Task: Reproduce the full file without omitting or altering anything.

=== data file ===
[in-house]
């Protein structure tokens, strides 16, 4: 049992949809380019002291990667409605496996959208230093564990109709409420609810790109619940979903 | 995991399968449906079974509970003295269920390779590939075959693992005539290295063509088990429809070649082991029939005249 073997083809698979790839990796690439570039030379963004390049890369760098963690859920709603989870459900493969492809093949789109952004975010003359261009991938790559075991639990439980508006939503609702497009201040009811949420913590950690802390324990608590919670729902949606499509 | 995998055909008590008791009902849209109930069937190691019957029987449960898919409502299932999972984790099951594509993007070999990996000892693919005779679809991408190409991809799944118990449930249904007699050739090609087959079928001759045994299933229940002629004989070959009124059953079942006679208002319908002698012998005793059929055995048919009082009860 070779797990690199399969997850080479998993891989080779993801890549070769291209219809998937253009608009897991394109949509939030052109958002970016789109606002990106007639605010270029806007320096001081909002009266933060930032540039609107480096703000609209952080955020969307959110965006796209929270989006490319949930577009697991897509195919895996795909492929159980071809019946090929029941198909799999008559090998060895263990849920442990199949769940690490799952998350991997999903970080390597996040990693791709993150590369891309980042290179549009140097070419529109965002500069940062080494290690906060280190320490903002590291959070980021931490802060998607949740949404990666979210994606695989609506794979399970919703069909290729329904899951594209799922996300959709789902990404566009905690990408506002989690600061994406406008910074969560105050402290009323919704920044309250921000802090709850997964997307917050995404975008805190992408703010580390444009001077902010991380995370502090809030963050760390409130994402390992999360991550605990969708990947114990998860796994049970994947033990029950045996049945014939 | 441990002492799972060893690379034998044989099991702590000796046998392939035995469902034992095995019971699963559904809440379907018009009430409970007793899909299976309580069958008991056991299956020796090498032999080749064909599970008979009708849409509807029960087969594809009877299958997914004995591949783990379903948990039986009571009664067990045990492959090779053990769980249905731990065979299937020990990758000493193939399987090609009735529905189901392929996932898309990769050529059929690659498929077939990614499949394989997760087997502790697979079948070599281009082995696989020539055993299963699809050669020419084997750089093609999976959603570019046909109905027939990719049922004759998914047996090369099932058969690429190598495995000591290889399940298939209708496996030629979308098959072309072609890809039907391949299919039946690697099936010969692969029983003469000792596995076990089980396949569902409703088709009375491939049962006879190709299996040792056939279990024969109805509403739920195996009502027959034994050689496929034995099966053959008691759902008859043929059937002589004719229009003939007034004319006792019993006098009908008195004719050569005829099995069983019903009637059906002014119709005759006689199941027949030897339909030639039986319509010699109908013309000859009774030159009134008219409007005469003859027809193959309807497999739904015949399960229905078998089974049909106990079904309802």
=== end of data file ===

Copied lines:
[in-house]
């Protein structure tokens, strides 16, 4: 049992949809380019002291990667409605496996959208230093564990109709409420609810790109619940979903 | 995991399968449906079974509970003295269920390779590939075959693992005539290295063509088990429809070649082991029939005249 073997083809698979790839990796690439570039030379963004390049890369760098963690859920709603989870459900493969492809093949789109952004975010003359261009991938790559075991639990439980508006939503609702497009201040009811949420913590950690802390324990608590919670729902949606499509 | 995998055909008590008791009902849209109930069937190691019957029987449960898919409502299932999972984790099951594509993007070999990996000892693919005779679809991408190409991809799944118990449930249904007699050739090609087959079928001759045994299933229940002629004989070959009124059953079942006679208002319908002698012998005793059929055995048919009082009860 070779797990690199399969997850080479998993891989080779993801890549070769291209219809998937253009608009897991394109949509939030052109958002970016789109606002990106007639605010270029806007320096001081909002009266933060930032540039609107480096703000609209952080955020969307959110965006796209929270989006490319949930577009697991897509195919895996795909492929159980071809019946090929029941198909799999008559090998060895263990849920442990199949769940690490799952998350991997999903970080390597996040990693791709993150590369891309980042290179549009140097070419529109965002500069940062080494290690906060280190320490903002590291959070980021931490802060998607949740949404990666979210994606695989609506794979399970919703069909290729329904899951594209799922996300959709789902990404566009905690990408506002989690600061994406406008910074969560105050402290009323919704920044309250921000802090709850997964997307917050995404975008805190992408703010580390444009001077902010991380995370502090809030963050760390409130994402390992999360991550605990969708990947114990998860796994049970994947033990029950045996049945014939 | 441990002492799972060893690379034998044989099991702590000796046998392939035995469902034992095995019971699963559904809440379907018009009430409970007793899909299976309580069958008991056991299956020796090498032999080749064909599970008979009708849409509807029960087969594809009877299958997914004995591949783990379903948990039986009571009664067990045990492959090779053990769980249905731990065979299937020990990758000493193939399987090609009735529905189901392929996932898309990769050529059929690659498929077939990614499949394989997760087997502790697979079948070599281009082995696989020539055993299963699809050669020419084997750089093609999976959603570019046909109905027939990719049922004759998914047996090369099932058969690429190598495995000591290889399940298939209708496996030629979308098959072309072609890809039907391949299919039946690697099936010969692969029983003469000792596995076990089980396949569902409703088709009375491939049962006879190709299996040792056939279990024969109805509403739920195996009502027959034994050689496929034995099966053959008691759902008859043929059937002589004719229009003939007034004319006792019993006098009908008195004719050569005829099995069983019903009637059906002014119709005759006689199941027949030897339909030639039986319509010699109908013309000859009774030159009134008219409007005469003859027809193959309807497999739904015949399960229905078998089974049909106990079904309802």